Prediabetes

What is Prediabetes?

When blood sugar levels are routinely above normal but not high enough to be considered diabetes, you may be diagnosed as being prediabetic. Nearly 80 million Americans have blood sugar (glucose) levels higher than normal. While this doesn’t necessarily mean a diabetes diagnosis is the next step, it should serve as an incentive to make productive lifestyle adjustments.

What are the Symptoms of Prediabetes?

There are no definitive symptoms of prediabetes, detection often occurs during a regular physical exam. It’s also a good idea to have blood sugar levels checked if you have a family history of diabetes or risk factors such as being overweight, having a fairly sedentary lifestyle, or having high blood pressure or cholesterol levels.

 

What are the Symptoms of Prediabetes?

A diagnosis of prediabetes is made through the results of a blood test to confirm key indicators. These include an A1C level ranging from 5.7 percent to 6.4 percent, fasting blood sugar ranging from 100 to 125 mg/dl, and an oral glucose tolerance test (OGTT) showing a 2-hour glucose ranging from 140 mg/dl to 199 mg/dl. The American Diabetes Association recommends prediabetics be checked for type 2 diabetes every 1-2 years.

Preventing the Onset of Diabetes

Being diagnosed as “at risk” for diabetes does allow some time to make healthy lifestyle changes before consistently high glucose levels damage nerve cells and cause other internal issues. Early treatment in the form of preventative measures often restores blood sugar levels back to a normal range.

Prediabetes Causes

The cause of prediabetes is a change in your body’s blood sugar levels, going beyond normal, but not high enough to be called diabetes. Blood sugar is also referred to as glucose and it comes from the foods we ingest. Our body uses it for energy or stores it for later.

The most common cause of prediabetes is the resistance to insulin produced by the pancreas. The pancreas monitors the volume of glucose in our body, releasing insulin when the sugar levels rise. Insulin moves the blood sugar to the cells so we can burn it. Without insulin, the sugar levels increase, setting off a health condition known as hyperglycemia or high blood sugar.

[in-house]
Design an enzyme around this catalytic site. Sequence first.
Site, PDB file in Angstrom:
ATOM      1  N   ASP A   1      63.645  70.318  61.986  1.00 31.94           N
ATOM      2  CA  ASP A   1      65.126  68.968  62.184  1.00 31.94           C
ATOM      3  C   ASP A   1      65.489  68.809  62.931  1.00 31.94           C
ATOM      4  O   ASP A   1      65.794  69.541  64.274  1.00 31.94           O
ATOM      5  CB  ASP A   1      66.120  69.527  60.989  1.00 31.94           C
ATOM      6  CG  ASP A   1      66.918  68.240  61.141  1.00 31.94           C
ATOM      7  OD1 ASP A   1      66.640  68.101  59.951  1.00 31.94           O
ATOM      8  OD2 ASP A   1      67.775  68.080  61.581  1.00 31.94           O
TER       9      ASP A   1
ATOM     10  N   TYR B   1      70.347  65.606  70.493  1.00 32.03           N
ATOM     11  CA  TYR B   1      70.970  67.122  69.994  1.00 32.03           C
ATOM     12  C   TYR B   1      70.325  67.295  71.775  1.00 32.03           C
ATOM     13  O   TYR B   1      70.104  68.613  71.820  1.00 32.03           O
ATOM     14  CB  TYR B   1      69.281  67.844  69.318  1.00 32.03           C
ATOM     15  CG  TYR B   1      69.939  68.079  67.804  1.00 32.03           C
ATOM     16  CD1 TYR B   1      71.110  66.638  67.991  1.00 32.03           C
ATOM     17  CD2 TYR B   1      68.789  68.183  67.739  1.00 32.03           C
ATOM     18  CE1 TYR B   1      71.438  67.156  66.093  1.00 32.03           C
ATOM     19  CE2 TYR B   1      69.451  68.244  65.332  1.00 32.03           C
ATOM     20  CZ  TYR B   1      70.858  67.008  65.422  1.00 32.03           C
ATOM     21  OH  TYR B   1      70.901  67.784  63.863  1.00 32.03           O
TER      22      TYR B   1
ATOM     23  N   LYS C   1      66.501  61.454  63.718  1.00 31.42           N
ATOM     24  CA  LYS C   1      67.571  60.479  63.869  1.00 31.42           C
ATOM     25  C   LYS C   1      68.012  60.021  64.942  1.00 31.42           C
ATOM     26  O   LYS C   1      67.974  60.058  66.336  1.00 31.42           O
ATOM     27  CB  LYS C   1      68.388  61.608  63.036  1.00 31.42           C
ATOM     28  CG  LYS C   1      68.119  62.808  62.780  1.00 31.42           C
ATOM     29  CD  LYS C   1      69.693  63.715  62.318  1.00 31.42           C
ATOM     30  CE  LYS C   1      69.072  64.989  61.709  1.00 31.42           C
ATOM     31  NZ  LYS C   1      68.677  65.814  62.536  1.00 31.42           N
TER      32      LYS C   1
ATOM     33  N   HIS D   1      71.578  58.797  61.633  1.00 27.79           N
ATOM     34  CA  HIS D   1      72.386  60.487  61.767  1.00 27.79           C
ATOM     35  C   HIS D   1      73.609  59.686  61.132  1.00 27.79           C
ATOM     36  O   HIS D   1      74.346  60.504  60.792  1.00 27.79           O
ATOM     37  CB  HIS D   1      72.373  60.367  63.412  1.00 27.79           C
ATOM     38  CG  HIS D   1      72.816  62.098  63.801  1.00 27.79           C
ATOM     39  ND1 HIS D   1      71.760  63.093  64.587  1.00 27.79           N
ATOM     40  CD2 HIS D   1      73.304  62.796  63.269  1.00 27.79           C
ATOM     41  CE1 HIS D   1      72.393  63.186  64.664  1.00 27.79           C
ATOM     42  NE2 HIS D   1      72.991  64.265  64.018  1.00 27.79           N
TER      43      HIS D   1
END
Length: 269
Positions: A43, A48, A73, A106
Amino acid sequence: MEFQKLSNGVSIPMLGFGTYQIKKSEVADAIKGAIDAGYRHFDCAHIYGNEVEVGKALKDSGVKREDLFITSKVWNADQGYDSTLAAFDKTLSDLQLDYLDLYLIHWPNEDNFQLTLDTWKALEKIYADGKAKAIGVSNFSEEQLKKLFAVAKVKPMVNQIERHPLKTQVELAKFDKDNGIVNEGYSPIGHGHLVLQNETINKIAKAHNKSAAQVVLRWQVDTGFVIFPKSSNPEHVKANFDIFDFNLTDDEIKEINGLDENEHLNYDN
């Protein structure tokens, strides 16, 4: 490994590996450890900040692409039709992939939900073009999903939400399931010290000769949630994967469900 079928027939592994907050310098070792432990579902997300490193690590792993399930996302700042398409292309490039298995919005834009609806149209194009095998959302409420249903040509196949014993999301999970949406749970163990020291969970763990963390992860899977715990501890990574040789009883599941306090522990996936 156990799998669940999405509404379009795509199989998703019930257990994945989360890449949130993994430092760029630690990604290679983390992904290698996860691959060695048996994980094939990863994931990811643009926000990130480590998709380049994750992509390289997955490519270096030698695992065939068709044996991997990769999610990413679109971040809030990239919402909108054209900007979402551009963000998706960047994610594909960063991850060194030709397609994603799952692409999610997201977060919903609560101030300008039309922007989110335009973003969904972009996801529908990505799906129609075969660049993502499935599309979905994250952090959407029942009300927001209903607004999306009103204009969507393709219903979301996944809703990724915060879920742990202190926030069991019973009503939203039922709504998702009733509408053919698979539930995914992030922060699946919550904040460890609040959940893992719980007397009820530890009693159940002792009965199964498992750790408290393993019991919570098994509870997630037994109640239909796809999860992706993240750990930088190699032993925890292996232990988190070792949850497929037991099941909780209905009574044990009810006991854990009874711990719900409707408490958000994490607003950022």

Although genetics play a role in prediabetes leading to diabetes, other factors also make a difference. In some families, the individual may inherit the vulnerability, but an unhealthy combination of lifestyle elements, such as weight, diet and physical movement, triggers the condition. There are cases where both parents need to be carriers before affecting the offspring.

Preventive steps can include:

  • Losing 7-10 percent of your body weight (if you are currently overweight)
  • Exercising at least 20-30 minutes per day or about 2 1/2 hours per week based on recommendations by the Centers for Disease Control and Prevention
  • Adopting a diet that includes a mix of green leafy vegetables, bright-colored fruits, low-fat dairy products, and lean proteins

Prediabetes Prevention

Prediabetes is a wakeup call for many. It is possible to reverse prediabetes with specific lifestyle changes. The best prevention is keeping a healthy weight along with regular exercise; at least three to five hours each week will burn the glucose and keep the pancreas working to balance the production of insulin. A diet rich in natural foods fuels the body functions.

Genetics may not be a major factor in prediabetes, but it helps to learn about your family’s history as a preventative measure. Your awareness of the family’s history can be motivational to prevent the onset of more serious health conditions. Be sure to share your medical history with your doctor, who may request regular blood draw to watch your glucose and cholesterol counts for health prevention.

Resources
Last Reviewed:
October 09, 2016
Last Updated:
January 11, 2018